Rhett bids to rise from '98's ashes

August 03, 1999|By Ken Rosenthal

Errict Rhett likes to play chess with Priest Holmes, "five hours a day, five hours a night." He never imagined that his younger teammate would checkmate him last season, both on and off the field.

Former coach Ted Marchibroda held all the pieces, making Holmes his knight and Rhett his pawn. Rhett started the Ravens' first two games, then was unable to make a move.

Standing shirtless in the end zone at Western Maryland College after yesterday's morning practice, the six-year veteran recalled his failure to connect with Marchibroda, and spoke of a new beginning under Brian Billick.

"I don't have a tear left to cry," Rhett said.

He is more subdued in this camp, no longer holding out the ball to reporters and shouting, "I'm the best damn running back in the NFL!" At this point, all Rhett wants is a chance to be the best running back on his team.

A year ago, Rhett, Jim Harbaugh and Roosevelt Potts were the Ravens' major off-season acquisitions on offense. Only Rhett remains, and he's second to Holmes -- the Ravens' first 1,000-yard rusher -- on the depth chart.

He's still only 28. He has carried the ball only 75 times the past two seasons. As Ozzie Newsome, the Ravens' vice president of player personnel, said: "He should have a lot of football left in him."

That is, if he can prove himself to Billick.

He never did to Marchibroda.

Rhett beat out Jay Graham in training camp, accounted for 92 all-purpose yards against Pittsburgh, then was benched in the second quarter against the New York Jets, finishing with 24 carries in his final 14 games.

What happened?

"We play in a division with two teams that have sophisticated blitz packages," Newsome said, referring to Pittsburgh and Cincinnati. "According to the people that were responsible for him, he did not have a clear understanding of who his pickups were."

Rhett disputes that assessment.

"I never gave up a sack -- never," he said. "I never let a linebacker beat me. Believe me, it was nothing but excuses. I heard [Marchibroda] didn't like the way I talk, that he really wasn't into loud people, getting the team hyped. I heard plenty of things, so many excuses."

Well, Billick offers Rhett a fresh start. But the new coach warned yesterday that all of his backs will need to be complete players, proficient not just at running, but at blocking and receiving, too.

"Errict has to show that he can manipulate the offense, that he can do it all, not only run the ball, but catch the ball out of the backfield, be a sound protection guy, if not overly physically, then mentally, knowing who it is he's supposed to take care of," Billick said.

"All of our backs are at that level where they have to be complete backs. We don't have anybody -- and very few teams do -- that you can put in and say, `Hey, this guy is such an incredible runner, I don't care what else he does.' "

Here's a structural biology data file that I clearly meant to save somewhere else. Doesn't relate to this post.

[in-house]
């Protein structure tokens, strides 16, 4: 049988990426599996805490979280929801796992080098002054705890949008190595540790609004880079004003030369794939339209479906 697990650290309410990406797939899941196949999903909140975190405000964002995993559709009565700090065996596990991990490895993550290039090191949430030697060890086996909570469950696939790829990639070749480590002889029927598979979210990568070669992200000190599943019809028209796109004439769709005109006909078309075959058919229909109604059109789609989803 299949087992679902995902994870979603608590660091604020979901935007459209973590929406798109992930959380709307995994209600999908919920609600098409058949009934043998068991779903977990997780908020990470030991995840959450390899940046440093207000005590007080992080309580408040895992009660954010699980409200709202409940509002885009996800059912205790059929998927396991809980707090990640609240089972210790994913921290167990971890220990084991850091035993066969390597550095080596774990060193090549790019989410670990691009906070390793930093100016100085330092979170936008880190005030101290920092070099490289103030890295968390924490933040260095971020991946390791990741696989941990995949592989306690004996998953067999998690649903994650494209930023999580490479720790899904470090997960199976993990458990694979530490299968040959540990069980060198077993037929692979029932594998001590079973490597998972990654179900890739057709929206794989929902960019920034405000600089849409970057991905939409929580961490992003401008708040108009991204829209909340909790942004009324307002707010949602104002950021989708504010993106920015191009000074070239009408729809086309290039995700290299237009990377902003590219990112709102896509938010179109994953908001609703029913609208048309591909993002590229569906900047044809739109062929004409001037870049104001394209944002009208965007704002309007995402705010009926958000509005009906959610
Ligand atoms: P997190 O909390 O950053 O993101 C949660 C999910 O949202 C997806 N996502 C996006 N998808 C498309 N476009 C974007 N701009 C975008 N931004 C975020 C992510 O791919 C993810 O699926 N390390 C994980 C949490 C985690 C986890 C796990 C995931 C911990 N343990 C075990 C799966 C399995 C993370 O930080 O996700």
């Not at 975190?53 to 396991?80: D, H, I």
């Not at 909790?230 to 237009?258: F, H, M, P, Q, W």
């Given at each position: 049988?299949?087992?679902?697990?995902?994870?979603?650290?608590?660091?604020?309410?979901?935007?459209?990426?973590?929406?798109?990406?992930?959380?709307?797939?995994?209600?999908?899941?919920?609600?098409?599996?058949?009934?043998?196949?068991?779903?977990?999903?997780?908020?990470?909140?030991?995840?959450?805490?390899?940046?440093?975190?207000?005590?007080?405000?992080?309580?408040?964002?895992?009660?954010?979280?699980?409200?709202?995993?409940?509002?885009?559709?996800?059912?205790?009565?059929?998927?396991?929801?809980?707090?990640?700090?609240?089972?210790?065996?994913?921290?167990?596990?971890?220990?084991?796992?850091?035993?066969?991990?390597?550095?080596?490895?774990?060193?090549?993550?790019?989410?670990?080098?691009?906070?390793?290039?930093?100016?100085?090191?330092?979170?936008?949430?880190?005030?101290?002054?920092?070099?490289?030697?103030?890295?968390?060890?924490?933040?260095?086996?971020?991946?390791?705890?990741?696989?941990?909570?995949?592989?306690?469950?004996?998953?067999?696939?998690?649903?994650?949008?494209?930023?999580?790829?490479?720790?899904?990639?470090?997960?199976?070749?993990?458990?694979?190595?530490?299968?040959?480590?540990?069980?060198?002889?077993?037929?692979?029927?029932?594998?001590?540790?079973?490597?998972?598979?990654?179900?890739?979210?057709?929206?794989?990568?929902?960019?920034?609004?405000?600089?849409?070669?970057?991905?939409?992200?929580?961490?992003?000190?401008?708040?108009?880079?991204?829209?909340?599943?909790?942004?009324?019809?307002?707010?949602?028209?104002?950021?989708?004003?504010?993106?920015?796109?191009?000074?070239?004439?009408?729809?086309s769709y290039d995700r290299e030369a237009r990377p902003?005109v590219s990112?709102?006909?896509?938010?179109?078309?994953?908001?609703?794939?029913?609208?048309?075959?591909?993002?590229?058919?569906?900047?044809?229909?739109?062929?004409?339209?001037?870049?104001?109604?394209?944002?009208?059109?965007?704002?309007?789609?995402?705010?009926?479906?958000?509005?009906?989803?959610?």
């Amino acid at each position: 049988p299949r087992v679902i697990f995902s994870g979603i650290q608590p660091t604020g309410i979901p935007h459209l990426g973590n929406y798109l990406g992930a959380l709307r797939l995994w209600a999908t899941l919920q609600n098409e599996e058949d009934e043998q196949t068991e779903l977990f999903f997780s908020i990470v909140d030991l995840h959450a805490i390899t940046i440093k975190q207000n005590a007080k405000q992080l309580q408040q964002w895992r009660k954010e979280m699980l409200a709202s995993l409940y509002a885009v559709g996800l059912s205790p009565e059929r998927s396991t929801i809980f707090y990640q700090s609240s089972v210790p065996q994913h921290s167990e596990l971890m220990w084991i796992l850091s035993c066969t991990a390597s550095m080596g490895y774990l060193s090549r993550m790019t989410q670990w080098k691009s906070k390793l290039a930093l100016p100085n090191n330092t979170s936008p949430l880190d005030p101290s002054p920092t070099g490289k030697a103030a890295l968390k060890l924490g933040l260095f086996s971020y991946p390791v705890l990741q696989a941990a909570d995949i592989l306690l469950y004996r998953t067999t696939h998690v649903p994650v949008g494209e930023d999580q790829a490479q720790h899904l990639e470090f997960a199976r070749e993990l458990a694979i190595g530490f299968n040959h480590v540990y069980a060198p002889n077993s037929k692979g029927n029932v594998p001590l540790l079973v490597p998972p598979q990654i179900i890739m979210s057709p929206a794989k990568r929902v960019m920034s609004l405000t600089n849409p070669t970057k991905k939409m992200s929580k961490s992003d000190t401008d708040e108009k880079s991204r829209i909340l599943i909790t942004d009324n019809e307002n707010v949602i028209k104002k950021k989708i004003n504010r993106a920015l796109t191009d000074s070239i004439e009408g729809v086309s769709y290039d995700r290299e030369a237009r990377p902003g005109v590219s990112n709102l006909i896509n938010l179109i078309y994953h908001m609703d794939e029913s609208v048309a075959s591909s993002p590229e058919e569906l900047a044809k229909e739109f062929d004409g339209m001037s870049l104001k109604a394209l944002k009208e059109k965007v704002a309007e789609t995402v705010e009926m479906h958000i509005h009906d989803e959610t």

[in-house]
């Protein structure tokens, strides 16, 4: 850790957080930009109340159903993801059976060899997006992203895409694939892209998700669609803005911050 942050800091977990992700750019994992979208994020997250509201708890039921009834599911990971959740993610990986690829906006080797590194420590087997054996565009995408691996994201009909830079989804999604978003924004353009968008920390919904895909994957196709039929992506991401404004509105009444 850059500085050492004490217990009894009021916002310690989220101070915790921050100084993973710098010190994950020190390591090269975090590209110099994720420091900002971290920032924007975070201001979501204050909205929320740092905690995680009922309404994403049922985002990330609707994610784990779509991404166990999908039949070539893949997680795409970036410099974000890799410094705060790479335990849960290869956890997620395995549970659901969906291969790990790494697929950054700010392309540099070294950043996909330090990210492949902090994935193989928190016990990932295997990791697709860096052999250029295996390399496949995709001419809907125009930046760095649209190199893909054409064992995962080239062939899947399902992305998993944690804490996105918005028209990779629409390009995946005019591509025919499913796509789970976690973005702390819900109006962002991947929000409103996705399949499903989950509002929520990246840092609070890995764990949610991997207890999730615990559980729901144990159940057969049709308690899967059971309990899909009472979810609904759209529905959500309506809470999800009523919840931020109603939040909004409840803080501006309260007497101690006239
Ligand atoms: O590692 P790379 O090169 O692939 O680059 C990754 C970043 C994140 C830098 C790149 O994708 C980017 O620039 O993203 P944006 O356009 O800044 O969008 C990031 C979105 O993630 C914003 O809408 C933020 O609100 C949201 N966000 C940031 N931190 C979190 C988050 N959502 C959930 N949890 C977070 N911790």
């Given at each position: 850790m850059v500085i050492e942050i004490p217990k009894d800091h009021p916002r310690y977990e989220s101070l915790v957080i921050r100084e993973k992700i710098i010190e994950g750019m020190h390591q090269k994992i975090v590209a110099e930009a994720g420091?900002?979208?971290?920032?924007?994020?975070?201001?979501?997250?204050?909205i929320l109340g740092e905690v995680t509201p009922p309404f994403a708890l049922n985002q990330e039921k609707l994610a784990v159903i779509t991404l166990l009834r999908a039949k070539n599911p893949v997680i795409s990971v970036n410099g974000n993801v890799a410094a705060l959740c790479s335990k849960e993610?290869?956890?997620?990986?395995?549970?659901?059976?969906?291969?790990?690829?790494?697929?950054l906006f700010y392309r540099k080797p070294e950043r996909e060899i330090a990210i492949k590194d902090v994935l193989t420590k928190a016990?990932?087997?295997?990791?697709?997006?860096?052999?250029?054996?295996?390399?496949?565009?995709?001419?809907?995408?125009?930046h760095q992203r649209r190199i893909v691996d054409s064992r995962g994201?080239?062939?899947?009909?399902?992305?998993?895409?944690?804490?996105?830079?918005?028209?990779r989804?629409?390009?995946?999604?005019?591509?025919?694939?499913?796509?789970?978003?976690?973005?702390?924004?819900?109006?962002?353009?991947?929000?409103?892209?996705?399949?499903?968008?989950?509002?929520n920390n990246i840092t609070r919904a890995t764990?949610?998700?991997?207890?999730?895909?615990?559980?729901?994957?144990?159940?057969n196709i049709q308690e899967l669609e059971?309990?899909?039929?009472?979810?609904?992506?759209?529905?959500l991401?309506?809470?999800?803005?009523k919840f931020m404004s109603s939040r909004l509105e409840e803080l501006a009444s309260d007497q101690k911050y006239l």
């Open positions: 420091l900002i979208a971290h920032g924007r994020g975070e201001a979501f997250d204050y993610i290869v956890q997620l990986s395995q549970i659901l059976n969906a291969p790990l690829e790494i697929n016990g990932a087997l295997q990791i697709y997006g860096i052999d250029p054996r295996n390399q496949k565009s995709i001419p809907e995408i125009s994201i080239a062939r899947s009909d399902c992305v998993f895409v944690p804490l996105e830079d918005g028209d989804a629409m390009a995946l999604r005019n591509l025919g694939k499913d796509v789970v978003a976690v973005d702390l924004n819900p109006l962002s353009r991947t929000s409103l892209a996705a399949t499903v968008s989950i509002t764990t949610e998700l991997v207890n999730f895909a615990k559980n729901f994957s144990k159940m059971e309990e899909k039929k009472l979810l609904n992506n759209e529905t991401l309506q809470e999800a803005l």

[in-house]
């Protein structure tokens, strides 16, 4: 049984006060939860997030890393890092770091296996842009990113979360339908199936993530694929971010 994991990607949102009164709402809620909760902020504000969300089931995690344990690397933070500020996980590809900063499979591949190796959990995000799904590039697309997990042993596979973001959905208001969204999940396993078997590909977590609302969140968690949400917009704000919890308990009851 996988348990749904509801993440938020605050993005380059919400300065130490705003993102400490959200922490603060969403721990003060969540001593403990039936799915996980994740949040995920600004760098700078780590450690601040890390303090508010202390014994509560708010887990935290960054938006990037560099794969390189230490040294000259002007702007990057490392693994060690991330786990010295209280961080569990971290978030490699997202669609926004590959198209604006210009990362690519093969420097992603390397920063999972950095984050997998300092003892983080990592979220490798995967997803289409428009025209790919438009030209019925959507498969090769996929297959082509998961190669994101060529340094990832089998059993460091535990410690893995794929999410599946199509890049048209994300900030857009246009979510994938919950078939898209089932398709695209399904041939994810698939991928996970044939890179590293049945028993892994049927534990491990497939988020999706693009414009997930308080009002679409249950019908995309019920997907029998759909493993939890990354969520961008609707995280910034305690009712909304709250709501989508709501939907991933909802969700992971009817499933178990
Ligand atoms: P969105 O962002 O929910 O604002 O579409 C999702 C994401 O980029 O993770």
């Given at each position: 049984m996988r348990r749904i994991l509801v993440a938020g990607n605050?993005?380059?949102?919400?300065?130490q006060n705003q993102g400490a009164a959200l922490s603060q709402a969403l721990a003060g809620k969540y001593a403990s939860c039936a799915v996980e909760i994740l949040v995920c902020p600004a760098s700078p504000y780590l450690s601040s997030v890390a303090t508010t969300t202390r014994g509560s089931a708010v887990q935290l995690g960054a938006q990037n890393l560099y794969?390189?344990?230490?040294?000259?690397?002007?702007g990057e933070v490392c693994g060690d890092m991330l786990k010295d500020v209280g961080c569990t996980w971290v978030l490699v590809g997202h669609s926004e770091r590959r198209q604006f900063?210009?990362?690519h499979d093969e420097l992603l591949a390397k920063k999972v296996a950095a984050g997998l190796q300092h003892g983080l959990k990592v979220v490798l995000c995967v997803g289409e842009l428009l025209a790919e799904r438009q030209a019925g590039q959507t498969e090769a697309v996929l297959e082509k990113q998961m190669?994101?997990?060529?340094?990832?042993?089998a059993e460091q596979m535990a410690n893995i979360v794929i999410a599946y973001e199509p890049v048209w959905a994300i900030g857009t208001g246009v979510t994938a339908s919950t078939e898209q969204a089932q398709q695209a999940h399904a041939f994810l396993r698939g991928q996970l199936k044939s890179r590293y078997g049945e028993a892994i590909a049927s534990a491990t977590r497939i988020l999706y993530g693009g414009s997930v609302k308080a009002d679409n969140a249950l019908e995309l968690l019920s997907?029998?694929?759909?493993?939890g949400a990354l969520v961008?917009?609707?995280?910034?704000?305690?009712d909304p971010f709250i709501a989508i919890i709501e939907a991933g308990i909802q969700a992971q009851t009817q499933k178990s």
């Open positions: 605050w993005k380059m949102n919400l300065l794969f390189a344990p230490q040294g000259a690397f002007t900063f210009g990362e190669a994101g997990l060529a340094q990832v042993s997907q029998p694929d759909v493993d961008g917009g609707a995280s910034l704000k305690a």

Rhett certainly isn't at that level, but he was a 1,000-yard rusher in his first two seasons with Tampa Bay. It appeared that he had a solid future. But a 94-day contract holdout in 1996 sent his career into a downward spiral.

Everything was supposed to change with the Ravens, who acquired him for a third-round pick on Feb. 17, 1998. But Holmes took over as the starter in Week 4, and Rhett described his season of inactivity as "devastating."

"There were plenty of days I broke down and cried about it. I didn't understand why. I just prayed about the situation, that hopefully it would get better," Rhett said.

"I just wanted some kind of justification [from Marchibroda], but I never got it. Nobody really knew. I just heard poor excuse after poor excuse.

"I really wasn't his type -- mentally, physically, I don't know. But I stayed ready. And I thank him. Maybe he saved my career. I look at it that way. I take the positive out of it, not the negative. Who knows what can happen in this sport?"

Not Rhett, and certainly not Holmes, the undrafted free agent who rose from a special teams player to a No. 1 back in the same division as Jerome Bettis, Eddie George, Corey Dillon and Fred Taylor.

"It's like a pendulum. And it swings. At any given moment, it can be right back on his side, or right back on my side," Holmes said. "But that's life. The pendulum is constantly swinging. The times it's with you, you've got to take advantage of it."

Holmes did and Rhett didn't, so here they are, Nos. 1 and 2 in the Ravens' plans. Rhett no longer is referring to his "heart of gold and mind of steel," no longer proclaiming, "I'm like a thoroughbred in a barn. You can't hold me back!"

But he still believes.

The first line of his biography in the Ravens' media guide -- " [Rhett] hopes to see more action after just starting two games last season" -- might be the understatement of training camp.

"I'm just trying to take a new approach, concentrate on what I have to do, stay focused," Rhett said. "I still have the same energy. I'm always ready to go."

Camp update

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